It's encouraging to be friends with our kids, but there are times for parenthood, too.

Negative Effects of Being a Friend Instead of a Parent

by Stephen Maughan

It is normal to want to feel close and friendly with your children, but your child needs to respect you as a parent and not just as a buddy. Sometimes, that can be hard because many of us want to please our children and see them happy, but giving them what they want all the time will not make them happy in the long run.

1. Consider Their Future

You want the best future for your child, so it's important to teach them morals. According to educational consultant and writer Bill Rogers, children need to learn the rules, morals and expectations of society to succeed in life. So, a relaxed parent who tells her child not to bother about doing homework might earn a few brownie points in the moment, but if the child fails at school they might end up blaming you for not pushing them toward academic excellence.

2. Goals of Parenting

Harvard professor and author Robert LeVine spent years studying family cultures around the world, and in 1974 came up with three goals of parenting: child survival, to learn the values of his culture and to become economically independent. This means it's our job to care for our children, to give them food and comfort, to tell them about what is acceptable and not in our society, and to teach them skills so they can live independently and be well-adjusted adults. If we don't do those things, many sociologists and psychologists say, we have failed our children.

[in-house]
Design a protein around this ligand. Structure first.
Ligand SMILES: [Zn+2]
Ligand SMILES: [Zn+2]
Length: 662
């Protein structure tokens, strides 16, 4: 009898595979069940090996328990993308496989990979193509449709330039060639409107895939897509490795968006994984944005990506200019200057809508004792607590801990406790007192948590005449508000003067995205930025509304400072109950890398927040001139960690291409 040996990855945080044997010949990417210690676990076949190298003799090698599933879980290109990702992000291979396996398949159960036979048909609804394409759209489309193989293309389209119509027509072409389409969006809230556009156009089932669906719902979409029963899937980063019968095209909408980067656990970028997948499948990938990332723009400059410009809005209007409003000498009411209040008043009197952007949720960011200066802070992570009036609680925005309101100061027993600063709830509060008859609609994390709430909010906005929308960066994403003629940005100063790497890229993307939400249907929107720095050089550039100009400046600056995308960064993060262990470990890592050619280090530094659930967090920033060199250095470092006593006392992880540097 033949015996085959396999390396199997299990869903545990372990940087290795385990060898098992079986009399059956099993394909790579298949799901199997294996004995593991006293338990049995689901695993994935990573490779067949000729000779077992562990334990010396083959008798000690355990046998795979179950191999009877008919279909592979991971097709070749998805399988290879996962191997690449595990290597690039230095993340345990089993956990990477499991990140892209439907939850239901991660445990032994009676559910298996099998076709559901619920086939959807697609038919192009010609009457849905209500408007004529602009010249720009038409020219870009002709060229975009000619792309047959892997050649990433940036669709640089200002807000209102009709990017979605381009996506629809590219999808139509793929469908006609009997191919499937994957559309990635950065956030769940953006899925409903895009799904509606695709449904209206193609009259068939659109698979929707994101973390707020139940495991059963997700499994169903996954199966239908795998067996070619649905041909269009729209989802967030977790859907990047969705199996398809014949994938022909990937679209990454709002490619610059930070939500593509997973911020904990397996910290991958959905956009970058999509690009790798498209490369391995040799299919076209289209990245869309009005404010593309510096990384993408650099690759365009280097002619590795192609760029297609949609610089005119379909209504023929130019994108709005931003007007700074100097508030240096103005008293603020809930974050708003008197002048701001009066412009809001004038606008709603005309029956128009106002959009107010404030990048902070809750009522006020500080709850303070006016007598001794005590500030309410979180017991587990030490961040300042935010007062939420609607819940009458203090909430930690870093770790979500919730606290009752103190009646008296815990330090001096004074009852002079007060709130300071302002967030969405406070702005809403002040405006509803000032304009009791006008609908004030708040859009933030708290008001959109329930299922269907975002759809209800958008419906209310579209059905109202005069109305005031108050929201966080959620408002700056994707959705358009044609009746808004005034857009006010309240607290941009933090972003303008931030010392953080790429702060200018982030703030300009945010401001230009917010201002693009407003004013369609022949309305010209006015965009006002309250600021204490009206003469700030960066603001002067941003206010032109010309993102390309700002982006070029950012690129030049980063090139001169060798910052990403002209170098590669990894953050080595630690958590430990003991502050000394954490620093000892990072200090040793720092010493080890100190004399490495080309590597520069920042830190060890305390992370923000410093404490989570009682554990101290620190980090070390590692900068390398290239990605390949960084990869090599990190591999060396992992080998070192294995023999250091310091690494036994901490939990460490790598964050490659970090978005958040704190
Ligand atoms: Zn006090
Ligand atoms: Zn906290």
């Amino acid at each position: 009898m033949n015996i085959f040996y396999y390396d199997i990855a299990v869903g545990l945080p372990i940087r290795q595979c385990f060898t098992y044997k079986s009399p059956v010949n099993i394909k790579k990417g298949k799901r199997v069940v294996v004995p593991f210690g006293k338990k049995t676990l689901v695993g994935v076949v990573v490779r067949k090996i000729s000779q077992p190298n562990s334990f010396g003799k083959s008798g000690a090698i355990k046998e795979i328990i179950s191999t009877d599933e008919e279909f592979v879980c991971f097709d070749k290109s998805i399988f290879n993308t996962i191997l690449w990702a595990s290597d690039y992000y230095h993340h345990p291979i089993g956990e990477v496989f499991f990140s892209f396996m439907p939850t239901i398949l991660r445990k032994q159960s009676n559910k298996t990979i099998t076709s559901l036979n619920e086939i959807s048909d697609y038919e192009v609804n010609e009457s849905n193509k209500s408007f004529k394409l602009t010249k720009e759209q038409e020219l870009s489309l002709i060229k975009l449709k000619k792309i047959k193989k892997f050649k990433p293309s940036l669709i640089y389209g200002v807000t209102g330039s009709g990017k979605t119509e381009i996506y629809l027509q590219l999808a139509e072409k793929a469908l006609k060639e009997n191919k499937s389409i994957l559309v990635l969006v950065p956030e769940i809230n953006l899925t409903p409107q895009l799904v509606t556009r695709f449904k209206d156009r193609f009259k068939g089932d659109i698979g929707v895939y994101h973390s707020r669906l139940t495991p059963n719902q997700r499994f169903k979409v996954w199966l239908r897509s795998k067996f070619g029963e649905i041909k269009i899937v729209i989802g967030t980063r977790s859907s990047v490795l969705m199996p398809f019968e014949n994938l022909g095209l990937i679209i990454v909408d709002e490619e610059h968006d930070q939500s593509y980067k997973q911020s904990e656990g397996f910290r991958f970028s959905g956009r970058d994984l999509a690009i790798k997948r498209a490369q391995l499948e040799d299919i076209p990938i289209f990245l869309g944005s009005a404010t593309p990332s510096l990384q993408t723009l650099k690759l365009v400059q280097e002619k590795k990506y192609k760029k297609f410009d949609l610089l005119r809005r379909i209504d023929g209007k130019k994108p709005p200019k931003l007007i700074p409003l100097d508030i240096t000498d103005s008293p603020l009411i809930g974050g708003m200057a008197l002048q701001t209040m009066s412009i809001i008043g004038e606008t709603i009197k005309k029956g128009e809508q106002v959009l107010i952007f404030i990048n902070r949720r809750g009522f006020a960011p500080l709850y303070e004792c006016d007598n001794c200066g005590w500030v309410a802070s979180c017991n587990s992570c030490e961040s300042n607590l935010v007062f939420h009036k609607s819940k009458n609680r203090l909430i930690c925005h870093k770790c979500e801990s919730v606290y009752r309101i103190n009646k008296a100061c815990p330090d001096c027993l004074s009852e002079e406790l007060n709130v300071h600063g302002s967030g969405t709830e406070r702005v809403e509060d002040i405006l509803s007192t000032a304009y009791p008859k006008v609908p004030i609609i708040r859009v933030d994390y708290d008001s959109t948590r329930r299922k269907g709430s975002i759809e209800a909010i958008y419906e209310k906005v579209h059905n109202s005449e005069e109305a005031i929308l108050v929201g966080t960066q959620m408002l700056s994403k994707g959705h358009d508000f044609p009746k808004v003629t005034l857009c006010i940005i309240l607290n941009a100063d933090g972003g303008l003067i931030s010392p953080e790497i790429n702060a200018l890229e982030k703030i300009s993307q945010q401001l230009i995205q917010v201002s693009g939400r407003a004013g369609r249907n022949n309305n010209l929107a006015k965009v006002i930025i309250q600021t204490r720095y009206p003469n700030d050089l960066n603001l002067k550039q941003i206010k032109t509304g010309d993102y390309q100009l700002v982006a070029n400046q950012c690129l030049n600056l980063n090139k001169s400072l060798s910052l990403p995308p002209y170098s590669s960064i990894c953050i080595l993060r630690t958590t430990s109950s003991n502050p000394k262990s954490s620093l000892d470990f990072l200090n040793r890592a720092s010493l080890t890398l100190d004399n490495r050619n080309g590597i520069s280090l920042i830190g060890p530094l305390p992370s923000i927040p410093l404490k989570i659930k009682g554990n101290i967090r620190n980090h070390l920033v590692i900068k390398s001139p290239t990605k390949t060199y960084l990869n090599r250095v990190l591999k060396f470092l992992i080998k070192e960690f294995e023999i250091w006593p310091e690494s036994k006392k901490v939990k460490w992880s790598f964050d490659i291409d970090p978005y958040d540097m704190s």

3. Not An Equal friendship

You cannot have an equal partnership and friendship with your child because it is up to you to make important decisions in life, and it is unrealistic to expect a small child to have the life experience or knowledge to do so. If you tell your child your problems in life in the way you might do with your friends, it can cause confusion and anxiety for a child. If you say, "Oh, I just don't know how we are going to pay the rent this month," your child might become unduly upset and worried.

4. Be Yourself

You might have had a rough childhood or be determined not to bring up your children the same way as your parents did, but you can still be an effective parent by being yourself and teaching morals and ethics, according to psychologist and author G.C. Davenport. Be your own person, and remember that your child needs instruction and guidance. If he isn't getting it from you, he'll look elsewhere.

References

  • An Introduction to Development Psychology; G.C. Davenport
  • The Language of Discipline; Bill Rogers

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